When I was nineteen and chose to accept the creeping suspicion that I would turn out to be a writer and, by extension, chronically deficient of funds, I made the fiscally prudent decision to drop out of school. I still worked on the college newspaper to which I had sacrificed so much of my grade-point average, writing a weekly gossip column until a brother in the Zeta Beta Tau fraternity threatened to sue over an item I’d written about his alleged screening for his fraternity brothers of a video he’d filmed of himself having sex with his girlfriend. The threats spooked the editors of The Daily Pennsylvanian into suspending the column entirely. This did not bother me, as I thought I had more substantial work to do.
On the other side of town, a virulent heroin epidemic needed to be investigated. It was 1998 and Philadelphia still nurtured a robust-in-hindsight tabloid newspaper called the Philadelphia Daily News (motto: “The People Paper”), where I was an intern on the city desk. The summer had required the city desk’s near-daily attendance at some photo-op or announcement in a particularly lawless swath of eastern North Philadelphia known as the Badlands. It was the most syringe-blanketed, zombie-infested, bombed-out neighborhood in a town in which achieving a superlative in such categories really meant something, and the city’s new celebrity police commissioner, John Timoney, had thrown himself into an exotic—or quixotic—quest to finally Do Something About It, via a multi-agency siege he called Operation Sunrise.
For all of Timoney’s messianic zeal, his efforts instilled little faith in the loose confederation of addiction counselors and rehab providers I met in the Badlands. Their budgets had been gutted by some technicality of welfare reform, the heroin seemed to be getting purer and more noxious every week, and they could not handle the drastic influx of court dates and bail demands they faced as a result of Operation Sunrise’s indiscriminate sweeps. A distressing new book on the drug war called The Fix illuminated their struggle; although numerous studies had estimated that every dollar spent in the attempt to constrain the demand for drugs—especially if those efforts focused on drugs’ most conspicuous consumers—was worth ten spent trying to stamp out its supply, the supply-siders had won the debate again and again.
I wanted to alert “the people” of Philadelphia to the misconceptions clouding our heroin problem, so I called the author of The Fix. He humored me, and then casually asked if I was aware that John Timoney’s daughter, Christine, was a drug addict.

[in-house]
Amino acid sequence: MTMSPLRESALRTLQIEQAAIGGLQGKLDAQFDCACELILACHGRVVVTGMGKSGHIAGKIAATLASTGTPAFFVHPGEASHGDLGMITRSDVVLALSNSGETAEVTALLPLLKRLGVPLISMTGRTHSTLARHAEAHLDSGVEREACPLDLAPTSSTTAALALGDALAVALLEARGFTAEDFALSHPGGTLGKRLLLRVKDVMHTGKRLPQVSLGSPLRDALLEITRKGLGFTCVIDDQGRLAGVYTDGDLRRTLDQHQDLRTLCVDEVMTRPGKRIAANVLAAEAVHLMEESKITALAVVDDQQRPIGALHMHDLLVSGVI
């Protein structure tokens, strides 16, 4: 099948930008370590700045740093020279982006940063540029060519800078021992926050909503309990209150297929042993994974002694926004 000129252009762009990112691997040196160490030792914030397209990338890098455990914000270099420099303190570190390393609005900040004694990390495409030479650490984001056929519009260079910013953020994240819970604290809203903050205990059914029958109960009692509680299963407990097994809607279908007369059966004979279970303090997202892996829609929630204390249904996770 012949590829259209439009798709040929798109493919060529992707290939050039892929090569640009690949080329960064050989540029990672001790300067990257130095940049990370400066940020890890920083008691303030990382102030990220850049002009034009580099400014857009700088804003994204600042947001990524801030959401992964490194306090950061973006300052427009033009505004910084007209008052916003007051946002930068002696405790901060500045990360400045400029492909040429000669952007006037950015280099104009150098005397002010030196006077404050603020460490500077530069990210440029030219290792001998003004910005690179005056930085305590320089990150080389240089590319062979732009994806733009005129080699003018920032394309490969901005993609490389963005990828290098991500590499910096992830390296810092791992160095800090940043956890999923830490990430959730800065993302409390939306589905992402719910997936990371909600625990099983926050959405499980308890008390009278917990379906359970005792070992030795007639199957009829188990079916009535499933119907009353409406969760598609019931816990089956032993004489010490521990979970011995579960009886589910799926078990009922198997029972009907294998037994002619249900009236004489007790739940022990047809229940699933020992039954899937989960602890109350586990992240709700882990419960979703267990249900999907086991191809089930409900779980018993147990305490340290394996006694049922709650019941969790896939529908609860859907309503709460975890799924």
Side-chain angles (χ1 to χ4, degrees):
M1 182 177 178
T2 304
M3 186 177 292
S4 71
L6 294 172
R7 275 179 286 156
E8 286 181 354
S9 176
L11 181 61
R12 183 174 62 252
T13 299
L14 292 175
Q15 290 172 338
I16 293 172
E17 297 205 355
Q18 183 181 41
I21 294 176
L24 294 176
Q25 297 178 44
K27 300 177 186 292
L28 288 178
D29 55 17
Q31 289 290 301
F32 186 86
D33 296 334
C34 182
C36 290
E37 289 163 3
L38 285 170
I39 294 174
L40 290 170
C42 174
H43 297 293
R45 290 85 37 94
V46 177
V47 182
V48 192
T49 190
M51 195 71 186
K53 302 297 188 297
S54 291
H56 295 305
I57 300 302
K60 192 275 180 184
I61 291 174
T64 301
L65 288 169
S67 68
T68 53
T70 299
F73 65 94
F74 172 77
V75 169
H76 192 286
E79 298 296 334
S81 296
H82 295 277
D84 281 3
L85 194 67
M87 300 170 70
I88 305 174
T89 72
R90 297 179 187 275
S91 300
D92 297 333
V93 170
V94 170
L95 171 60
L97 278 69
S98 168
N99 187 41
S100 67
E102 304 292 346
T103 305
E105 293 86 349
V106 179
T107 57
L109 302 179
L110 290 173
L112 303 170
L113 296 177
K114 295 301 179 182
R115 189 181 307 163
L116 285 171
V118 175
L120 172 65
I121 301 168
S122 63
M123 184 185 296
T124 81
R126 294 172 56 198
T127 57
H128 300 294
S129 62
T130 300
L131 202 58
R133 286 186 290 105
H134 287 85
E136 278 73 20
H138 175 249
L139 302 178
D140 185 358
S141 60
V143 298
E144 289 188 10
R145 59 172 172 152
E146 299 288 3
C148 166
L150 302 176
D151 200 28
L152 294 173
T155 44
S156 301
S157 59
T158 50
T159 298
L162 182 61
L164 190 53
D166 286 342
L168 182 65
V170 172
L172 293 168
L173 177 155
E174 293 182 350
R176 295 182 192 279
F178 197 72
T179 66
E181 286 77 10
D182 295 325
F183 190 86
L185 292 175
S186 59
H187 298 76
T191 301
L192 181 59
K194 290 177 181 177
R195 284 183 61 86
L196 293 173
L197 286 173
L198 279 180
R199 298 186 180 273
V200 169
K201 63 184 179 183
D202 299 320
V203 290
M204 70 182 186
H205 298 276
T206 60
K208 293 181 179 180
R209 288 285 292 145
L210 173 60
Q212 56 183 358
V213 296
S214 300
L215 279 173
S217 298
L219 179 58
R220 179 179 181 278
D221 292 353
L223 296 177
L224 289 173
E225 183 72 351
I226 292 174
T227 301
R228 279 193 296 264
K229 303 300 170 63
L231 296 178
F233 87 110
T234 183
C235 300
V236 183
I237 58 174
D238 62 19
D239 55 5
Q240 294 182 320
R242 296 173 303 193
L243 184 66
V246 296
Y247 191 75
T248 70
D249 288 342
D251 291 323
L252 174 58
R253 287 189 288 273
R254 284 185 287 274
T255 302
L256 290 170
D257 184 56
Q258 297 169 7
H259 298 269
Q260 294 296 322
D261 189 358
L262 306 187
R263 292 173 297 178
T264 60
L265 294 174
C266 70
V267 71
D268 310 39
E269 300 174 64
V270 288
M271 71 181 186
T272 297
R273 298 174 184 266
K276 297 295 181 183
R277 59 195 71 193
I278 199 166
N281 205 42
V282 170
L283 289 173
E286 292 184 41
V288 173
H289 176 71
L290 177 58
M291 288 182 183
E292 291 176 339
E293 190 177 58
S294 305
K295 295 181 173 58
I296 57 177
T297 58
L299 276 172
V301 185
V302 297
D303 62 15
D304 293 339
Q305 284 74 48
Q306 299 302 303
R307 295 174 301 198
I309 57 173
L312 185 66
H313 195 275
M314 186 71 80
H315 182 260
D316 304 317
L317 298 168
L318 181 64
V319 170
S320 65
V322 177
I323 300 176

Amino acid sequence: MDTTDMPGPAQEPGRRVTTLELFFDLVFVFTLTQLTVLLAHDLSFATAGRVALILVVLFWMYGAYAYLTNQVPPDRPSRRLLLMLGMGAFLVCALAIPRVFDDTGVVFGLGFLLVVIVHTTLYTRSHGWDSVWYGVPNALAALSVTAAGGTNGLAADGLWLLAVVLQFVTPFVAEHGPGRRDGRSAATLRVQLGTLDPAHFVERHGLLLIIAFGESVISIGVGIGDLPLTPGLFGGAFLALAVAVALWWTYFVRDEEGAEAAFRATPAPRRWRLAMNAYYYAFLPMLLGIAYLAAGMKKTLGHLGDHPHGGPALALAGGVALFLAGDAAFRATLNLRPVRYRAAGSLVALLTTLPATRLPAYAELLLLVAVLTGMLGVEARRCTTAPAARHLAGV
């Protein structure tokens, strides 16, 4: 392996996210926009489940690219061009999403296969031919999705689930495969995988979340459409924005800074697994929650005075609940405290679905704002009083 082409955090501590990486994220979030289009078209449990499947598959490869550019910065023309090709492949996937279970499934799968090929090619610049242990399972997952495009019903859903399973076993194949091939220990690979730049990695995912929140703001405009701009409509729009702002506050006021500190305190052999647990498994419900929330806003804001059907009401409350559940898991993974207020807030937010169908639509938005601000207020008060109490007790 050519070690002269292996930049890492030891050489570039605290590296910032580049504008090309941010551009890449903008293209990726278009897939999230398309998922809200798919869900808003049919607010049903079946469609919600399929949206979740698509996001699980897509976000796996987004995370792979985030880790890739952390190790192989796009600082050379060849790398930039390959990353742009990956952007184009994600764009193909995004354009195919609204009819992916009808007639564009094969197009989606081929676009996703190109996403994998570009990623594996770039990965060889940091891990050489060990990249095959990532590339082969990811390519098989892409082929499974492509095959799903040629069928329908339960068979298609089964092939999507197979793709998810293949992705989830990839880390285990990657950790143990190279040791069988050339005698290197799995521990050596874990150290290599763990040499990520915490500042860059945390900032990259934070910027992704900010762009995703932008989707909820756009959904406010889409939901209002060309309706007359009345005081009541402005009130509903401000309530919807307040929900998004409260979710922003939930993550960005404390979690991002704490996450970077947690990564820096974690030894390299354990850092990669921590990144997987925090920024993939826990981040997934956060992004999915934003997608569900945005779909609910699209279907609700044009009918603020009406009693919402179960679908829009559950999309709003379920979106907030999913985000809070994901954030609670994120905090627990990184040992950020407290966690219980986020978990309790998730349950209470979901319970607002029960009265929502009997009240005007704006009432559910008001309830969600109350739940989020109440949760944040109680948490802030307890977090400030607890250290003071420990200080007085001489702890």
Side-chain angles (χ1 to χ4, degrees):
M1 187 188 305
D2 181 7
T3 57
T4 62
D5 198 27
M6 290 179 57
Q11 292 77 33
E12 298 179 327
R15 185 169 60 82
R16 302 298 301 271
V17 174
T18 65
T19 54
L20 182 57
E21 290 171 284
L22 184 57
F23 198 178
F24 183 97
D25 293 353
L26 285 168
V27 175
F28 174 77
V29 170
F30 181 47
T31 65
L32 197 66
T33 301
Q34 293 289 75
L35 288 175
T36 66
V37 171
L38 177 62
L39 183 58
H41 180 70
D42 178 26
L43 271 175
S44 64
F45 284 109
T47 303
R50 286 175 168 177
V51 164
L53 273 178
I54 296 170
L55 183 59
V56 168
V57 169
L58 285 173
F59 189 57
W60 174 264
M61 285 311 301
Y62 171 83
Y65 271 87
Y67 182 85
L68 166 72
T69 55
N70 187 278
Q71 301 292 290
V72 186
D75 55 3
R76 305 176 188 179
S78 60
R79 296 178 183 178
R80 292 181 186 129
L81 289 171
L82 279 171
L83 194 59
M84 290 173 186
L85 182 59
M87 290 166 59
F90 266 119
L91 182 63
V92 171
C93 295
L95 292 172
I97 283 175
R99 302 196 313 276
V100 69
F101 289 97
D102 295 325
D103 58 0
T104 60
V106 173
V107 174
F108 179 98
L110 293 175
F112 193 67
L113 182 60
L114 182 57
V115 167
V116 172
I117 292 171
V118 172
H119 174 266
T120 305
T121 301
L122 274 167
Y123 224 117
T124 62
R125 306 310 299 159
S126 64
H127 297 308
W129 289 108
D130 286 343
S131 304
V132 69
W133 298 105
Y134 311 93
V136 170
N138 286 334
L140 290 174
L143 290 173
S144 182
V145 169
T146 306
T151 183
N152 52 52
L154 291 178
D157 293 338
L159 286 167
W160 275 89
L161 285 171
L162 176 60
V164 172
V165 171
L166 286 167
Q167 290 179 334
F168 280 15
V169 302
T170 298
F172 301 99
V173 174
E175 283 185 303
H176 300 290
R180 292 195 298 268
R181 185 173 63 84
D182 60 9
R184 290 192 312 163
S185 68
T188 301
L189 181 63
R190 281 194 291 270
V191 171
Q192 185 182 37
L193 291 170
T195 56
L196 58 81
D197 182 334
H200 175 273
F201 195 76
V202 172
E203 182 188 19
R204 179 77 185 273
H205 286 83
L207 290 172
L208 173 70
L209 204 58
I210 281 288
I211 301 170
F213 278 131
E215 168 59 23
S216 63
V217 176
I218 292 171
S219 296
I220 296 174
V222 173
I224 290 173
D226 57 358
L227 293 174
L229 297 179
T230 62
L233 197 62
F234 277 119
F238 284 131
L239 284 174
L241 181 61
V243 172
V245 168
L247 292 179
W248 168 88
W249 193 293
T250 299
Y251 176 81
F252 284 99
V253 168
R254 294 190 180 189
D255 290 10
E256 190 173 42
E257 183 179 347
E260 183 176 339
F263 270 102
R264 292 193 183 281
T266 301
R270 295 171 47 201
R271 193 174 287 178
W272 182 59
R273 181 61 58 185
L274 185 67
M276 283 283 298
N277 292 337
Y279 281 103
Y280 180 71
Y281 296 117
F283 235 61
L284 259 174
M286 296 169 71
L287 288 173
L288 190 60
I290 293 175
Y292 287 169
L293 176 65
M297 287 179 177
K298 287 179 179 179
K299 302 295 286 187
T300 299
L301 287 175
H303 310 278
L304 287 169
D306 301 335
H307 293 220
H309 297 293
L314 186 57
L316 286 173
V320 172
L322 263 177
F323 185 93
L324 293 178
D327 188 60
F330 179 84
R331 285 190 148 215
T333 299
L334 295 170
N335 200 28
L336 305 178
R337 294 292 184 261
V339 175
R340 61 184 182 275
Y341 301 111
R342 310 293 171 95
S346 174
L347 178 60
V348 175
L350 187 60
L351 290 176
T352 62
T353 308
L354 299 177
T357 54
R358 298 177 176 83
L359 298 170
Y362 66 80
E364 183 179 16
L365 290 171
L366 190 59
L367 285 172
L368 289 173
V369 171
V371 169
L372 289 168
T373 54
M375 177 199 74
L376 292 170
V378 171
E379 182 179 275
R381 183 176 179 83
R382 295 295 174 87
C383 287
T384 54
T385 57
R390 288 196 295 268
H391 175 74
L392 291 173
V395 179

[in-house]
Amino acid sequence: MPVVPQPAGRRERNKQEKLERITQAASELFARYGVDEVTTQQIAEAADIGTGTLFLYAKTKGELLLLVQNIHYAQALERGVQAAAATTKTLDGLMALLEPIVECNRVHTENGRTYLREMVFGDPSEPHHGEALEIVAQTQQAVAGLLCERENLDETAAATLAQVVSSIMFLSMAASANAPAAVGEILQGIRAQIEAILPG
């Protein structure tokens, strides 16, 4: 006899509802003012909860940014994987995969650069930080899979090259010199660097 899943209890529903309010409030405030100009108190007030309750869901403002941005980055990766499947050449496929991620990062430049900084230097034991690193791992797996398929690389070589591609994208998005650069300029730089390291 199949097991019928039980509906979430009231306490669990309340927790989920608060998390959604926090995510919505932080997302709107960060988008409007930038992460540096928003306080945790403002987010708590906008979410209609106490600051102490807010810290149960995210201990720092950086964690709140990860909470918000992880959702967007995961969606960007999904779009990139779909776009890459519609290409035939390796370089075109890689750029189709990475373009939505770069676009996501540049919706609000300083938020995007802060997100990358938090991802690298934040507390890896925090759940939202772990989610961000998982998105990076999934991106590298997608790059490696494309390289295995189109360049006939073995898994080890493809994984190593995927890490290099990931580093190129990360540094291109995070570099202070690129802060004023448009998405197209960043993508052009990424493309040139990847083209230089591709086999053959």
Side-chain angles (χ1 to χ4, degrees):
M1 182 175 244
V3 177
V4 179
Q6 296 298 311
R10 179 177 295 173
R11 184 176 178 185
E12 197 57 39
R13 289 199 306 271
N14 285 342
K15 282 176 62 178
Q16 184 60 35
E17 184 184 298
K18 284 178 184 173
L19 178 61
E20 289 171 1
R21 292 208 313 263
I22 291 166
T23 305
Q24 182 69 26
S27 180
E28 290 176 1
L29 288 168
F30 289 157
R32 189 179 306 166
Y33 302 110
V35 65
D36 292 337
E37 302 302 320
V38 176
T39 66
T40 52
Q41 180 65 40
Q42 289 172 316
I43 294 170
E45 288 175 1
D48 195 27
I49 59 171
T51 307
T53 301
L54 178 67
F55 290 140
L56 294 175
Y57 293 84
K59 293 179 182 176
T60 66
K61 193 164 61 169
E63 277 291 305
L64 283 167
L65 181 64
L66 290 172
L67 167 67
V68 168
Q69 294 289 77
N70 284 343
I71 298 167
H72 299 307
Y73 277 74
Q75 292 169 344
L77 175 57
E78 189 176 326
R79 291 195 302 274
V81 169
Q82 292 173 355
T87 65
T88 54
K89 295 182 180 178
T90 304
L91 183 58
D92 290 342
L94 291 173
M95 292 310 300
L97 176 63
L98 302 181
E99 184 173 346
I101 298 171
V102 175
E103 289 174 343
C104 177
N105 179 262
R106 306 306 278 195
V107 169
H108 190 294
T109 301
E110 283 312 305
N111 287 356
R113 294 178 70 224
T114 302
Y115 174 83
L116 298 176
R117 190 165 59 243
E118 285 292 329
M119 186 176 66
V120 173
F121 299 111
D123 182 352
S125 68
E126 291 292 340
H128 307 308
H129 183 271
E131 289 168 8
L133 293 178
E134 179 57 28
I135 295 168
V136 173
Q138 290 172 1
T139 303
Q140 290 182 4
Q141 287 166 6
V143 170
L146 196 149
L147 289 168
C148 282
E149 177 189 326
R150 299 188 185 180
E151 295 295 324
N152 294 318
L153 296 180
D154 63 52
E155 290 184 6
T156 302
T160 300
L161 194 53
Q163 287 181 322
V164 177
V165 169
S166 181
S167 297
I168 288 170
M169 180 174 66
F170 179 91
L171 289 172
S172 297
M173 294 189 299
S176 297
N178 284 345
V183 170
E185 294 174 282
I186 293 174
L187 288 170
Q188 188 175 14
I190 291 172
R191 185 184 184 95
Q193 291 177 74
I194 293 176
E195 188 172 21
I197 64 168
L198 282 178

This was tragic, of course, but also a fascinating story. Why was the police chief of an impoverished city with a famously overcrowded prison system and no shortage of rapists and murderers on the loose making it his first order of business to round up and jail a bunch of pathetic heroin addicts . . . when his own daughter was addicted to the stuff? Was he trying to track her down? Was it a macho thing? What was it like to fight the drug war on two such vastly different fronts? I scheduled an interview for the next week, telling his press officer I wanted to address concerns about the city’s “drug treatment infrastructure.”
But in the fluorescent glare of Timoney’s office, armed with my tape recorder, I felt like an asshole. The murder rate had already dropped drastically in his first few months on the job, and that year it would plunge below 300 after breaking 400 in every year of the previous decade. Who the hell was I? “I’ve known people who have gone into treatment,” he offered, shaking his head and giving me an opening to lamely and awkwardly mention his daughter. When I did, his expression hardened in a way that spooked me. “I don’t want to talk about my daughter,” he said. I left soon thereafter.
And that was it. My editors instructed me to drop the story, and I left the paper the next month in a routine round of Knight-Ridder budget cuts. I ended up in Hong Kong, where I’d lived as a kid and where, for the time being, there was some money.